Worldbulding: Technology

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Ever wonder how we do it? How we organize jumbles and scraps of thoughts and make an actual story or video game or coherent plot line out of what could very well be an endless labyrinth of mumbles and forgotten scribbles on napkins. This is what I have found, mostly free and opensource software, that have become great tools to support my worldbuilding and storytelling.

Tools for maps, art and other visual aids:

Gimp:
A free open-source alternative to adobe photoshop. this program can be hard to get used to as there are almost too many things you can do with it, but I have used it for pretty much all map making and for creating proof-of-concepts for my artwork. It has become a mainstay in my process of creating visual aids for my worldbuilding.

Paint.NET
Not sure about the overbearing nature of Gimp. Try Paint.NET. It combines the ease of use of windows paint with more advanced features that will cover 90% of what anyone would need.

Tools for organizing notes:

Onenote:
Windows now offers its ultimate note taking and organizing software as a free download. Combine this with one drive and you will have access to your notes from anywhere in the world.

EmaWiki:
Like wikipedia’s way of linking articles to other articles and creating a web of interlinking notes and articles. Now you can make one on your desktop that syncs to an Android App(and vice versa) through dropbox so you can edit and take notes on the go. There are also many other flavors of wiki and even free hosted ones that you can share with others in a group. But I am partial to EmaWiki due to it’s lightweightness and ease of use.


Tools for Writing:

Chrome Documents:
This is available to anyone who has a gmail account. Now I wouldn’t suggest using gdocs as a tool for finalizing writing, but I’ve used it extensively for years as a simple way to get words on the page no matter where I am. You can also share documents with friends and G+ groups which makes it great for group projects and editing.

Microsoft Word:
Duh. Everyone knows how to use Microsoft Word. But it’s also kind of expensive if it doesn’t come with your computer (like mine). LibreOffice Forever!

Scrivener:
This is a paid application that I have used to go from notes to chapters to print ready manuscripts. I like it a lot but I also realized that after paying $40 dollars for the windows license and software that it is missing a lot of features that the Macintosh version has. I have to say I felt kind of ripped off. but it is still a great tool and if you plan on self-publishing there is no easier way to go from beginning to finished product.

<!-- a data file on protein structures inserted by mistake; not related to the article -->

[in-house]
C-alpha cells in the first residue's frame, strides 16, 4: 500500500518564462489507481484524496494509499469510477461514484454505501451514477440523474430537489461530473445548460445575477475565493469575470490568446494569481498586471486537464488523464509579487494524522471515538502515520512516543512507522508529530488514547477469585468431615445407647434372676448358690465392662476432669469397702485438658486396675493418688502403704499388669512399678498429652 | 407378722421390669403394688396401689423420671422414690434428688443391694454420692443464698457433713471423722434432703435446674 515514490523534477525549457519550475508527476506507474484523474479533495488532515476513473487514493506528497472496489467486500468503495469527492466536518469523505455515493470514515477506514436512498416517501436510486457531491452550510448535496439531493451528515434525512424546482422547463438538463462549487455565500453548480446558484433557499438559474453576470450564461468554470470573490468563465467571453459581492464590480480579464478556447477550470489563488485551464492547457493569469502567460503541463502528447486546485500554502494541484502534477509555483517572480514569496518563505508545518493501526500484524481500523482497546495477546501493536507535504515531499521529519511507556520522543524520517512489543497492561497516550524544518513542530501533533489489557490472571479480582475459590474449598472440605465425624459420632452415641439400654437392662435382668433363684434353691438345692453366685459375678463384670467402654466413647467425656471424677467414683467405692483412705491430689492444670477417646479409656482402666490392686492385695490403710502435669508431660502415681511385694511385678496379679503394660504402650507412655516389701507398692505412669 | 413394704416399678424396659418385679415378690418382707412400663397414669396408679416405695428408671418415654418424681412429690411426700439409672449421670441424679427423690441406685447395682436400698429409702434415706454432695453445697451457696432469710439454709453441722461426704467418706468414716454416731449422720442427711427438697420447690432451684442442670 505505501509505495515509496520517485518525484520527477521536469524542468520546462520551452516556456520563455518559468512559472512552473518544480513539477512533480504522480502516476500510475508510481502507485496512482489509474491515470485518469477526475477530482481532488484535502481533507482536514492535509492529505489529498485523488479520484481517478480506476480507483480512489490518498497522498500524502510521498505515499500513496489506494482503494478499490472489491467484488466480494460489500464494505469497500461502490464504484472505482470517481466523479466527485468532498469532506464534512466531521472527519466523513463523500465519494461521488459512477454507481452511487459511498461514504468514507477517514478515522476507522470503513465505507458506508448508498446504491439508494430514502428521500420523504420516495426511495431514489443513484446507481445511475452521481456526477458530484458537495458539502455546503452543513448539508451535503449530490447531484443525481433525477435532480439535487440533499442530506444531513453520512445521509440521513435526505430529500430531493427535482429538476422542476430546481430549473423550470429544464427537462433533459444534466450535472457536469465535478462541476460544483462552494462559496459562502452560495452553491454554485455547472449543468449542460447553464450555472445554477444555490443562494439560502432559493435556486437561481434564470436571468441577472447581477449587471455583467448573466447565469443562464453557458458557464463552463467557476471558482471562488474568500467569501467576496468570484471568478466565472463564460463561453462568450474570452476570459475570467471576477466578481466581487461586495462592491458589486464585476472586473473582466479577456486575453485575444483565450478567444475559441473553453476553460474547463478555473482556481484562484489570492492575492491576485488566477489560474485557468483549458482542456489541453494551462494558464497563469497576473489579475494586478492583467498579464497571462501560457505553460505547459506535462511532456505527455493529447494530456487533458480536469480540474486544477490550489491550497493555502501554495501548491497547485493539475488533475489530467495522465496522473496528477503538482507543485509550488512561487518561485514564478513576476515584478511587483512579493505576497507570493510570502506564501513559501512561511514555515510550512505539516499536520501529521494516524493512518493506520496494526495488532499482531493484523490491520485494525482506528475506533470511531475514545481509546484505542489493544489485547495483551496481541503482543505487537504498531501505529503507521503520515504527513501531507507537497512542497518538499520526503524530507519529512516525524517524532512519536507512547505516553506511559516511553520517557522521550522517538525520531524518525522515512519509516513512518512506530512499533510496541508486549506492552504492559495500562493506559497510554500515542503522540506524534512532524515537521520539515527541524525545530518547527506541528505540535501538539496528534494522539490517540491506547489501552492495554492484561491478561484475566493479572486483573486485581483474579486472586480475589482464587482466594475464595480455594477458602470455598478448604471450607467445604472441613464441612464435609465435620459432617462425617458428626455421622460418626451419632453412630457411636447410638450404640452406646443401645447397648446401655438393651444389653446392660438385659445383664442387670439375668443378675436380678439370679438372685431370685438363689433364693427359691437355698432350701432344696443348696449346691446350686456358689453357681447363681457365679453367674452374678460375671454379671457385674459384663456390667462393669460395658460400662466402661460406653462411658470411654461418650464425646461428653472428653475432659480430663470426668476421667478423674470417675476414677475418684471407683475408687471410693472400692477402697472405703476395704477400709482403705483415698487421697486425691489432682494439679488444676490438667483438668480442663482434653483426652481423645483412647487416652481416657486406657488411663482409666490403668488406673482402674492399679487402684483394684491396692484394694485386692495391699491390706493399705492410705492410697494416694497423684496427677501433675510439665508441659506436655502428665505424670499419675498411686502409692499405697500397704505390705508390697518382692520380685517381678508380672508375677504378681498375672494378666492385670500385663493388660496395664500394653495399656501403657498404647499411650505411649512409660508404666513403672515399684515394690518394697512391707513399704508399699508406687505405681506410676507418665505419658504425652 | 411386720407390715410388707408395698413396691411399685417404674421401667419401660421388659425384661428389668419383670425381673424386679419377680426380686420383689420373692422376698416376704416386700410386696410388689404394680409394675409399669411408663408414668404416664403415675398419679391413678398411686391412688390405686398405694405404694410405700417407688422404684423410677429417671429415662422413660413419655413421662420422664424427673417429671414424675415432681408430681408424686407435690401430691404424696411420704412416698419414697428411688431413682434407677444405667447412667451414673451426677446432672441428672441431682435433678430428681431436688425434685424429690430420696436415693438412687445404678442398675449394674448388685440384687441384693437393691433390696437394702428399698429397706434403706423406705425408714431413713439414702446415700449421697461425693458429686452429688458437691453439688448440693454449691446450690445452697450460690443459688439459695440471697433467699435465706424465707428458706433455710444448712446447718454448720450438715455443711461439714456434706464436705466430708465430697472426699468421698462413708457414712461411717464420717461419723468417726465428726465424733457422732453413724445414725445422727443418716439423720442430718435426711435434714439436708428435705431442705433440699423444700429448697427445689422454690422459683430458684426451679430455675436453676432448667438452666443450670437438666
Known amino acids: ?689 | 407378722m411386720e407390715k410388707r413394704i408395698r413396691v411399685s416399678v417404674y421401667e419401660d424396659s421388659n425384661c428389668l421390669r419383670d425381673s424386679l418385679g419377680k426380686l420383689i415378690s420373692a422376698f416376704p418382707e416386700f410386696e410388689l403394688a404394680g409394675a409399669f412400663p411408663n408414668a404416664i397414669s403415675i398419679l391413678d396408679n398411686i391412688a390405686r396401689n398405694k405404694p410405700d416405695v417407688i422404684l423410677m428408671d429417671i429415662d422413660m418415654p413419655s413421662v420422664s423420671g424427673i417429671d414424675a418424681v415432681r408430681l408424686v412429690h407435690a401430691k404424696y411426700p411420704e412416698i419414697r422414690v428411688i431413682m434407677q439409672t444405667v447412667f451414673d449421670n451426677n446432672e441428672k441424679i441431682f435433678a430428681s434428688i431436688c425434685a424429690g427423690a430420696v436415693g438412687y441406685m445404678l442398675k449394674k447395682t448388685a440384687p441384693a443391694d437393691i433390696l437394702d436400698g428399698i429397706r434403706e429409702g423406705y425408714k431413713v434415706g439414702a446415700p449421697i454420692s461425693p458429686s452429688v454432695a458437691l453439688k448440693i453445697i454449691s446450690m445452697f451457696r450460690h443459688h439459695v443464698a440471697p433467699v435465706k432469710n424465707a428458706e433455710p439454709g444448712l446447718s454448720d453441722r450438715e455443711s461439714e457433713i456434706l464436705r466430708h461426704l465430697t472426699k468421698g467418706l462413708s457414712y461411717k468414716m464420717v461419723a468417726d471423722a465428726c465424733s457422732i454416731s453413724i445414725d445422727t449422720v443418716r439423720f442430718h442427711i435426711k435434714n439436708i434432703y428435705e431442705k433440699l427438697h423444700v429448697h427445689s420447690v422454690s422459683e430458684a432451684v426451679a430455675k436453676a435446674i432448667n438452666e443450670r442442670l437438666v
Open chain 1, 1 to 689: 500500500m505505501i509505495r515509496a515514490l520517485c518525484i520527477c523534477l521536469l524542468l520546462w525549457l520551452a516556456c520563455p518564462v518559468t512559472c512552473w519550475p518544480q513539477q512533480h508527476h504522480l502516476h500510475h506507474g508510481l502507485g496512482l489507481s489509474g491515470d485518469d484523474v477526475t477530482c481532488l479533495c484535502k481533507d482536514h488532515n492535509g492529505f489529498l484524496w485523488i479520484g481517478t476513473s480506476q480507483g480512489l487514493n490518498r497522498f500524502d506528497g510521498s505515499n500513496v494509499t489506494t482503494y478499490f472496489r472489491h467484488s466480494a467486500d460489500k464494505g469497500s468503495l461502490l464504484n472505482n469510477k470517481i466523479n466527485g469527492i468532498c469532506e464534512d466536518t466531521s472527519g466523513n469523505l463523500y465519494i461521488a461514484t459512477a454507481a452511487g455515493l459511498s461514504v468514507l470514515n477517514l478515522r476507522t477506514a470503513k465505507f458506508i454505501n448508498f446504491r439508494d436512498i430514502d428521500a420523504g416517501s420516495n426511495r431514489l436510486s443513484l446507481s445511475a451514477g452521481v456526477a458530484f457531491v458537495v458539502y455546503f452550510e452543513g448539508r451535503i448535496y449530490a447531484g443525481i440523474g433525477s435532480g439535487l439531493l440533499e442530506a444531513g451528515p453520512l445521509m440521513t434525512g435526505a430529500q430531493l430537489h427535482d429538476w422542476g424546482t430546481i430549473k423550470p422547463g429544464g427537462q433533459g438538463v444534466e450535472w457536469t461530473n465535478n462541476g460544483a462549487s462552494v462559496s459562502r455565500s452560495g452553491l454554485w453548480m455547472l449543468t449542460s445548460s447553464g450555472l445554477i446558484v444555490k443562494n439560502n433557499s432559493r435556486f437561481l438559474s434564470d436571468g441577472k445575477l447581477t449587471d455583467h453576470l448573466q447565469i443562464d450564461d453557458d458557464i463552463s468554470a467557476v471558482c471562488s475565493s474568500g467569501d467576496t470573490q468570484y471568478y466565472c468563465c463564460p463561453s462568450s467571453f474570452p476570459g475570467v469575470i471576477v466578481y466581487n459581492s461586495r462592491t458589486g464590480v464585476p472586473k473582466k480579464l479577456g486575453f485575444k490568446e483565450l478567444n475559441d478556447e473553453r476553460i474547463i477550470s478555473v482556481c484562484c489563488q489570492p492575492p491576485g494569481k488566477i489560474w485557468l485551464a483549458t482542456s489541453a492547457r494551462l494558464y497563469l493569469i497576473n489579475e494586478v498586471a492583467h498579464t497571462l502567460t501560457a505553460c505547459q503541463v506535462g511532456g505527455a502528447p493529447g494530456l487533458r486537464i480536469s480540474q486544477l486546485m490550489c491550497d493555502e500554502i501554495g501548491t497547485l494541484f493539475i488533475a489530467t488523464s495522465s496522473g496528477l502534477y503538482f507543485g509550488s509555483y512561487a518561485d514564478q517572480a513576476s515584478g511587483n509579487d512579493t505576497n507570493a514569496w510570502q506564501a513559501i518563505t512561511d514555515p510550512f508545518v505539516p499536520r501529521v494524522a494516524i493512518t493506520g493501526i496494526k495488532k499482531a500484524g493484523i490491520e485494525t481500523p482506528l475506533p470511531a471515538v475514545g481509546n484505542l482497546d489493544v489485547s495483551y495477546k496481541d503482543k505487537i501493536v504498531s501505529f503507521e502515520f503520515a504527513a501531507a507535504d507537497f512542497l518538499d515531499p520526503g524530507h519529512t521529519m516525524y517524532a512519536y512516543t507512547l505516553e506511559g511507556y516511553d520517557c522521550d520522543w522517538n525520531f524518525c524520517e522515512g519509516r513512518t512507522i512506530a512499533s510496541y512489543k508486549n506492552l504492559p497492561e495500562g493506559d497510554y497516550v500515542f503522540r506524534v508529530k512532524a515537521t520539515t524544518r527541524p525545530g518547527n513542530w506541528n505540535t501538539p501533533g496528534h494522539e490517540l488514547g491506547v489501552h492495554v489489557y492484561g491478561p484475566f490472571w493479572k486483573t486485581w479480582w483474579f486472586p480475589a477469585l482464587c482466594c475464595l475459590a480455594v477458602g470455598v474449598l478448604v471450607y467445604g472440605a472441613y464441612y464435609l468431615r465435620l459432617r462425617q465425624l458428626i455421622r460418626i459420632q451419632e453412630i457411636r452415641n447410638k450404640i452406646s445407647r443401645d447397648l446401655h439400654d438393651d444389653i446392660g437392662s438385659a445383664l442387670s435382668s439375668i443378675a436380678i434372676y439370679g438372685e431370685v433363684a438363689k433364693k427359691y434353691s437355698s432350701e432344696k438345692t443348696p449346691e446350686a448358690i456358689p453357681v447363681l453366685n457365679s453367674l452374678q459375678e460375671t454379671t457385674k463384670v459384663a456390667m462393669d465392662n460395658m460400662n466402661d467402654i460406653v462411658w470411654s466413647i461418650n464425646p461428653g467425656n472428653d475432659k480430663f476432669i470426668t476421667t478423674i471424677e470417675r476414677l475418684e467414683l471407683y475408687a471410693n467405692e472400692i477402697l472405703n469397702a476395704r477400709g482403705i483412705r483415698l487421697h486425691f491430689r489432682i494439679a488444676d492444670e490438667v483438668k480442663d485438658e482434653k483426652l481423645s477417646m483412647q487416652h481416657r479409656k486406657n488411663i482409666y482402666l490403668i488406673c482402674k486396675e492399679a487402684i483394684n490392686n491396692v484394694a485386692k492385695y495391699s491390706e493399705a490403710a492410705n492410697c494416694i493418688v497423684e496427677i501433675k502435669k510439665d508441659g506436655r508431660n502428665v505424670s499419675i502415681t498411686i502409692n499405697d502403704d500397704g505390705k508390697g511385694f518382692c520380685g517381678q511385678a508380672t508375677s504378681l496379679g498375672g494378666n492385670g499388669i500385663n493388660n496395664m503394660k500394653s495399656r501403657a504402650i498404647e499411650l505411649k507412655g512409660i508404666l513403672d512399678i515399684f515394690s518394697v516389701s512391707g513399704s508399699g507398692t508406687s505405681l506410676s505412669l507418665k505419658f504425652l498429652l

yWriter:
Want an opensource version of Scrivener and don’t need pretty buttons then this is for you. Has great tools to link characters, places, to notes and is another way to go from start to finish within one program. I couldn’t use this for my upcoming novel The King’s Challenge as I wanted to break it into parts, and this was unable to do so. But I want to try it again for a less strict project.

Tools for Mindmapping:

Dia:
Have a need to map out a plot line with multiple characters, POVs, or what have you. If you create anything other than a linear A to B story line than you will need something to make sure you don’t get stuck in a plot hole or that your characters are all accounted for at the end. This allows you to zoom out in any direction in near-infinite expansion, so as your story grows so can your mind map and organization.

Never Underestimate a notebook and sticky notes:
Sometimes because of the confines of the screen or sometimes you just need something that allows more free-form of thought and you don’t have to wait for it to work or learn how to use it. A notebook, a red pen, and sticky notes and you are set to design the next GRRM novel with interlocking time travel and never having to worry about losing track of that one event that creates the big plot hole. Or something like that, I wouldn’t know.

I like and believe in opensource software. I work with Linux and CentOS for my paying job and opensource is the place you want to go for stability and knowing that you didn’t just download a virus. Yes, you will lose flashy buttons and pretty lights but you will be in control of everything on your system just like your world. I recommend trying some of these tools most are free or come with free trails, try them see what works for you. And if nothing on here is what you are looking for use altenativeto.net and find what you need.

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